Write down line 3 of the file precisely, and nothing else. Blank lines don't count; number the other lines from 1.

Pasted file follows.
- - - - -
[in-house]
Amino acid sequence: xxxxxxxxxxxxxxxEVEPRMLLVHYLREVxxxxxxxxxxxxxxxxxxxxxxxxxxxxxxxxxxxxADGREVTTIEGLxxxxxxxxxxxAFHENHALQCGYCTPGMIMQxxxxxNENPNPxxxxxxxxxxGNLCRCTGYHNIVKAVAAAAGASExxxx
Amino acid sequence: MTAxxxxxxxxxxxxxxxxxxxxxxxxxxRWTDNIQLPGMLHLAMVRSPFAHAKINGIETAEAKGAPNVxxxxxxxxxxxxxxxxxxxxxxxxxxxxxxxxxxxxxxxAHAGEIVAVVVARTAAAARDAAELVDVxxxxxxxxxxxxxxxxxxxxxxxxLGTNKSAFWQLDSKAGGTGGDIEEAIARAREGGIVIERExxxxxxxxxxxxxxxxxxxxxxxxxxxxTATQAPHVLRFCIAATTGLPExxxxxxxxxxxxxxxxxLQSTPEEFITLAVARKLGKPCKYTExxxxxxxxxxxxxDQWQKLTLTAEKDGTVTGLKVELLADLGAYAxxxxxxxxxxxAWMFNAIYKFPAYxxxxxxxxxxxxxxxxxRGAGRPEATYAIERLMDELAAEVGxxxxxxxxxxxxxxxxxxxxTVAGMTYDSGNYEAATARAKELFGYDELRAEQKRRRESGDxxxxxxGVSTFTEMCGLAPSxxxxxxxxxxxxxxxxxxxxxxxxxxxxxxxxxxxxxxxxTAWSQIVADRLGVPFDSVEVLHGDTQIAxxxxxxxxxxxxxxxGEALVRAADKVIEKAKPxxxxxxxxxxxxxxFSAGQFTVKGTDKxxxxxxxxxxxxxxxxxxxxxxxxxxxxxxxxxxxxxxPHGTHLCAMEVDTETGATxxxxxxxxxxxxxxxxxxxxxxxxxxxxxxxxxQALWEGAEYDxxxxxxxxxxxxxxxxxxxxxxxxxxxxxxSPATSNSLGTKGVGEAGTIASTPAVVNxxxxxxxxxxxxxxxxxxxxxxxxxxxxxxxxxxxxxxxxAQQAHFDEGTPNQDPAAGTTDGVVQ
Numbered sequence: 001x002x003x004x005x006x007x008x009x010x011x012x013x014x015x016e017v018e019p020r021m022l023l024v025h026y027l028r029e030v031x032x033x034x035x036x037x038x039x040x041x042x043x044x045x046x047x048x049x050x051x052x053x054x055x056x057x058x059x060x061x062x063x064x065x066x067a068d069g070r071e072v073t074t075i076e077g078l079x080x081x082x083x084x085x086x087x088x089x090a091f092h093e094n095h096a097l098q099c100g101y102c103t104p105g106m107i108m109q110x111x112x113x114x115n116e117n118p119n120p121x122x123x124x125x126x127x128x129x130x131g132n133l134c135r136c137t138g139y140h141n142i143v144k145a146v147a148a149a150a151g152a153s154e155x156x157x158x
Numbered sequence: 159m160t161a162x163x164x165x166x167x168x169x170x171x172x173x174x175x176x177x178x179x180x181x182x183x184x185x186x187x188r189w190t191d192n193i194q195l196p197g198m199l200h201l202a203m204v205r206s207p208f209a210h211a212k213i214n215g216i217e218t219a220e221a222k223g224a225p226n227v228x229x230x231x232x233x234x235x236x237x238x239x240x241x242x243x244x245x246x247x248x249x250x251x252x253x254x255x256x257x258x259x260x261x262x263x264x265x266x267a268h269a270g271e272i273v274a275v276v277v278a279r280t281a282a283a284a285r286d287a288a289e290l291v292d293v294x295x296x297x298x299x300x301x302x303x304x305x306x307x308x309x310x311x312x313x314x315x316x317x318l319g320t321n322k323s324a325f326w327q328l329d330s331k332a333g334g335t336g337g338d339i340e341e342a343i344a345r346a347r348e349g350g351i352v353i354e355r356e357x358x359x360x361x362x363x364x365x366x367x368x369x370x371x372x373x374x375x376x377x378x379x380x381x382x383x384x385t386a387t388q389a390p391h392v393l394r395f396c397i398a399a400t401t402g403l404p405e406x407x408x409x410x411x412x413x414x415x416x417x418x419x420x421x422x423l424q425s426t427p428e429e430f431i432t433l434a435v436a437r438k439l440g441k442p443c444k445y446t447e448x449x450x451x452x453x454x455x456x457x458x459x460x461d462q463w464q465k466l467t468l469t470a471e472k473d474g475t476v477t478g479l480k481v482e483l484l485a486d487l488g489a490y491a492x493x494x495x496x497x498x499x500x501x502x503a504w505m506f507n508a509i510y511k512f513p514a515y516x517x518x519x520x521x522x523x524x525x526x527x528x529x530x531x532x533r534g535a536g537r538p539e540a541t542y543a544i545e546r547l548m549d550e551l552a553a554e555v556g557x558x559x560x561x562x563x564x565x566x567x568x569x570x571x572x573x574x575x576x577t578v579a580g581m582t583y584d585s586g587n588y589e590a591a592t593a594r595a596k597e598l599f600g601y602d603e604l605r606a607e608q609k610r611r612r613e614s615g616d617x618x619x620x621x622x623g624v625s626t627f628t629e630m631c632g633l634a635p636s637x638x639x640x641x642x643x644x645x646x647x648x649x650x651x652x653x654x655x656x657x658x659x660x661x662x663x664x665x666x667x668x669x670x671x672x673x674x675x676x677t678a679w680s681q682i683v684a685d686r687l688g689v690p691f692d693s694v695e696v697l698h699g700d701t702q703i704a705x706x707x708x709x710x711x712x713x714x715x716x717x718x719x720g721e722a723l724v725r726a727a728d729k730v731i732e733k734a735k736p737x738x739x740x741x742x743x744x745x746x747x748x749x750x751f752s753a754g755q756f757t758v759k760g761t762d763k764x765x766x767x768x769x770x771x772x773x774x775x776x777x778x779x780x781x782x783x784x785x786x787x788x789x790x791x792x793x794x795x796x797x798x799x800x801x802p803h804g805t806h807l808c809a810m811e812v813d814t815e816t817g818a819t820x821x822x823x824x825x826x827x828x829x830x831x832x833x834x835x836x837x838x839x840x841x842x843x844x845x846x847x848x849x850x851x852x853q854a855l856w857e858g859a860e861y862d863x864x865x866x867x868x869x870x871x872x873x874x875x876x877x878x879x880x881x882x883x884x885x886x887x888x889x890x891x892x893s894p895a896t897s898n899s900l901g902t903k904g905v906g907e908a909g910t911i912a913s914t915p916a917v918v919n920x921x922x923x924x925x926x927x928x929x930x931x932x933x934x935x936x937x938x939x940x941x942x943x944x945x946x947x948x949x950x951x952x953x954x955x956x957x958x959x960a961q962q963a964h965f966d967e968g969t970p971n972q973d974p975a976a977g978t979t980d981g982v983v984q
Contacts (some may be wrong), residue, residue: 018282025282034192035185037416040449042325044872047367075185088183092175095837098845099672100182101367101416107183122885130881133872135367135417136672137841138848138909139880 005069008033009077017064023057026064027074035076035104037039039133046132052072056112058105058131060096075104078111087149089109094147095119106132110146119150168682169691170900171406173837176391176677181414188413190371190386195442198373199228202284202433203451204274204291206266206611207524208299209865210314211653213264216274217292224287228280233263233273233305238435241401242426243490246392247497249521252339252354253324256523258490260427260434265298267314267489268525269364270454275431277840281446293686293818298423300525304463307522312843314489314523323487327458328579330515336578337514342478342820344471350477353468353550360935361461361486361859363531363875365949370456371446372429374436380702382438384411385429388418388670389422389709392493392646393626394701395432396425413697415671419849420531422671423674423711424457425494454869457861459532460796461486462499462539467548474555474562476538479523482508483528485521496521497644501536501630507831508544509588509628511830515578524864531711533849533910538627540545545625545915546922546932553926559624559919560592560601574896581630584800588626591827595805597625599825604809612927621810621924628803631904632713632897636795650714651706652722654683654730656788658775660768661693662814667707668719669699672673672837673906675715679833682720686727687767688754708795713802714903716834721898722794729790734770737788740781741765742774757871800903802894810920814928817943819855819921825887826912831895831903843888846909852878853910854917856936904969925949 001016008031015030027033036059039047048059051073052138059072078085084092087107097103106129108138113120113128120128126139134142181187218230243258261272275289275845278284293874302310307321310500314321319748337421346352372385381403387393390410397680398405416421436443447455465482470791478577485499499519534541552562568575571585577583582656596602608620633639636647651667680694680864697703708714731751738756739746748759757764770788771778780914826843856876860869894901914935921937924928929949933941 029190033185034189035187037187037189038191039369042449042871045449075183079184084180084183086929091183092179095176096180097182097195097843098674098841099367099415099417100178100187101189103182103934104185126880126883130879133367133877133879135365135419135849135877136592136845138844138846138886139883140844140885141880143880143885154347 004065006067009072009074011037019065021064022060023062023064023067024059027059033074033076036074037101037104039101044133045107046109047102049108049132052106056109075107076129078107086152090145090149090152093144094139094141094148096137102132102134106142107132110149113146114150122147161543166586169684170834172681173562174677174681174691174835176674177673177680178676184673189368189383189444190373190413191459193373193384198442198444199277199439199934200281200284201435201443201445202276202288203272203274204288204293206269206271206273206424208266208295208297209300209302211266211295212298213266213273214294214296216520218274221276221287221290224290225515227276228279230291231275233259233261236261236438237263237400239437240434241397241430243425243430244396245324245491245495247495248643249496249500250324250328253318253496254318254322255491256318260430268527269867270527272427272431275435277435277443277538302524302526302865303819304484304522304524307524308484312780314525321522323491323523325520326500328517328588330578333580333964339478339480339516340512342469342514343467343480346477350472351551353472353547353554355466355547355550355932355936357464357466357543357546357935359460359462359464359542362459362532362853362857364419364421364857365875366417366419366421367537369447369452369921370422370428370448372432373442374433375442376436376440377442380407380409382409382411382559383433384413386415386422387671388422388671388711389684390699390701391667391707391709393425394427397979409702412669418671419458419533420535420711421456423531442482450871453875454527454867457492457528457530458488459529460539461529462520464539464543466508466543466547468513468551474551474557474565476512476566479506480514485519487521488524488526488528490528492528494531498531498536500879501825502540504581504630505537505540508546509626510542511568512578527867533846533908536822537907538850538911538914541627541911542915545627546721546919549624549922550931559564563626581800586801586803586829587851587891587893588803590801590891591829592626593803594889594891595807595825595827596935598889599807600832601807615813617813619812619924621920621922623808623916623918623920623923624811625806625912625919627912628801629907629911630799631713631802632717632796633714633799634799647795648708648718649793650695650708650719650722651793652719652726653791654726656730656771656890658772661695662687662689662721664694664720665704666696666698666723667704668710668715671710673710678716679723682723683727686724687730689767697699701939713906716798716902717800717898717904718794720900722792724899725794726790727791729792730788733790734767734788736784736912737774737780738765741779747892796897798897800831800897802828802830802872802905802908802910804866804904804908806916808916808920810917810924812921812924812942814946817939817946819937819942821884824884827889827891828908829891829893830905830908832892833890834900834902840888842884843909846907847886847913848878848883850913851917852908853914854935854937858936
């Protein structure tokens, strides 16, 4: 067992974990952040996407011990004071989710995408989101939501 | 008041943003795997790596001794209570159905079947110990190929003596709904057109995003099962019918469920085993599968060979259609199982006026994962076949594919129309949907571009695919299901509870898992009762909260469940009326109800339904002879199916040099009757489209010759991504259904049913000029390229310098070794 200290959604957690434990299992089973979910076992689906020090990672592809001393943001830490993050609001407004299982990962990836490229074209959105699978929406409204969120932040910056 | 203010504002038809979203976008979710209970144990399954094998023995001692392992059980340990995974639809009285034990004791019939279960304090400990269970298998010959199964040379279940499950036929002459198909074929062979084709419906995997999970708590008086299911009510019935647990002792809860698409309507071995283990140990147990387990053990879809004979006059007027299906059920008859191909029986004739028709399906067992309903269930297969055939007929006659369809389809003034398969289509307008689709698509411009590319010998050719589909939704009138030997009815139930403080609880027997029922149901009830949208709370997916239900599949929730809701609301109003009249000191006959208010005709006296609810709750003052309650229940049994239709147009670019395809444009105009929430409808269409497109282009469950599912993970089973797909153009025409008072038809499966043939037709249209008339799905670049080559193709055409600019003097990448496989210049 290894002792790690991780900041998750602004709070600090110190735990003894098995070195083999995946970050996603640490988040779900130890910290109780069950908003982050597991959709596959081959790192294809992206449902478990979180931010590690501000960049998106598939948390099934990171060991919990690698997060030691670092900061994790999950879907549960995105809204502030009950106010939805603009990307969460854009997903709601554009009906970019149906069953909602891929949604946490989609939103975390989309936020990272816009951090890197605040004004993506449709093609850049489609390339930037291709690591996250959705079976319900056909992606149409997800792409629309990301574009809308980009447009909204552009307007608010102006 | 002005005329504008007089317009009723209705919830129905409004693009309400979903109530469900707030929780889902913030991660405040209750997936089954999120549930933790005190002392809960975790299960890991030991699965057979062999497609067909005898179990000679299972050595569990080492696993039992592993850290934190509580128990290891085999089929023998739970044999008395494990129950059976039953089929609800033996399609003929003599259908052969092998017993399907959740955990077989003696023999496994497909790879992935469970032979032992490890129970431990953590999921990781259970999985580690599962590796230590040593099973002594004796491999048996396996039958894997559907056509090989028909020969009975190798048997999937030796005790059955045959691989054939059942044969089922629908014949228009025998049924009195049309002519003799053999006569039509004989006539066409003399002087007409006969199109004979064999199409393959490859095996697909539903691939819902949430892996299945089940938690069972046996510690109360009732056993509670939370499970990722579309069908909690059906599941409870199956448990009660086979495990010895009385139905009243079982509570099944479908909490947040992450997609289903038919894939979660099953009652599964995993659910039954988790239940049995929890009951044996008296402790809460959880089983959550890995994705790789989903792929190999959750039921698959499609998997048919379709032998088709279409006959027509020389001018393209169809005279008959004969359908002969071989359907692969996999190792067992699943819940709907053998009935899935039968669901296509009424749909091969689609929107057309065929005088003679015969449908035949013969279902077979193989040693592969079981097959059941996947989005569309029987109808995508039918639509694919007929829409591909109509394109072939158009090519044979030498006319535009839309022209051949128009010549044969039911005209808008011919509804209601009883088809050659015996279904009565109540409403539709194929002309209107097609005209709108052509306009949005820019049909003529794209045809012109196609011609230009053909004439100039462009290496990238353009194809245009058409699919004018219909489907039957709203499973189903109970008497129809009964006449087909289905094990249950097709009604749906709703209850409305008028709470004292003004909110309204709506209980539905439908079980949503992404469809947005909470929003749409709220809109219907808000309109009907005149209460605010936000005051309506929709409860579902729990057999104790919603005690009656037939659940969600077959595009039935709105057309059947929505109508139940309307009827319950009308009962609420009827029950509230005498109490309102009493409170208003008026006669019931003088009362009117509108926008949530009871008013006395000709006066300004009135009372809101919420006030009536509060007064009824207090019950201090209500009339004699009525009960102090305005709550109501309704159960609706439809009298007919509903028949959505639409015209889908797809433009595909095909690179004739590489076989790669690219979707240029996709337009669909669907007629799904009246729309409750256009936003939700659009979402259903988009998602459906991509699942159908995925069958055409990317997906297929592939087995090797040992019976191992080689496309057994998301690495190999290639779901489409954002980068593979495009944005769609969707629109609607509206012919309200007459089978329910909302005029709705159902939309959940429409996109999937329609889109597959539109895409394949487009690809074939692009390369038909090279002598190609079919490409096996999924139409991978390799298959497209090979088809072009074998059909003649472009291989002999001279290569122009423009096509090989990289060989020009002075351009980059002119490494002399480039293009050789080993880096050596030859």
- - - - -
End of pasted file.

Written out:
Amino acid sequence: MTAxxxxxxxxxxxxxxxxxxxxxxxxxxRWTDNIQLPGMLHLAMVRSPFAHAKINGIETAEAKGAPNVxxxxxxxxxxxxxxxxxxxxxxxxxxxxxxxxxxxxxxxAHAGEIVAVVVARTAAAARDAAELVDVxxxxxxxxxxxxxxxxxxxxxxxxLGTNKSAFWQLDSKAGGTGGDIEEAIARAREGGIVIERExxxxxxxxxxxxxxxxxxxxxxxxxxxxTATQAPHVLRFCIAATTGLPExxxxxxxxxxxxxxxxxLQSTPEEFITLAVARKLGKPCKYTExxxxxxxxxxxxxDQWQKLTLTAEKDGTVTGLKVELLADLGAYAxxxxxxxxxxxAWMFNAIYKFPAYxxxxxxxxxxxxxxxxxRGAGRPEATYAIERLMDELAAEVGxxxxxxxxxxxxxxxxxxxxTVAGMTYDSGNYEAATARAKELFGYDELRAEQKRRRESGDxxxxxxGVSTFTEMCGLAPSxxxxxxxxxxxxxxxxxxxxxxxxxxxxxxxxxxxxxxxxTAWSQIVADRLGVPFDSVEVLHGDTQIAxxxxxxxxxxxxxxxGEALVRAADKVIEKAKPxxxxxxxxxxxxxxFSAGQFTVKGTDKxxxxxxxxxxxxxxxxxxxxxxxxxxxxxxxxxxxxxxPHGTHLCAMEVDTETGATxxxxxxxxxxxxxxxxxxxxxxxxxxxxxxxxxQALWEGAEYDxxxxxxxxxxxxxxxxxxxxxxxxxxxxxxSPATSNSLGTKGVGEAGTIASTPAVVNxxxxxxxxxxxxxxxxxxxxxxxxxxxxxxxxxxxxxxxxAQQAHFDEGTPNQDPAAGTTDGVVQ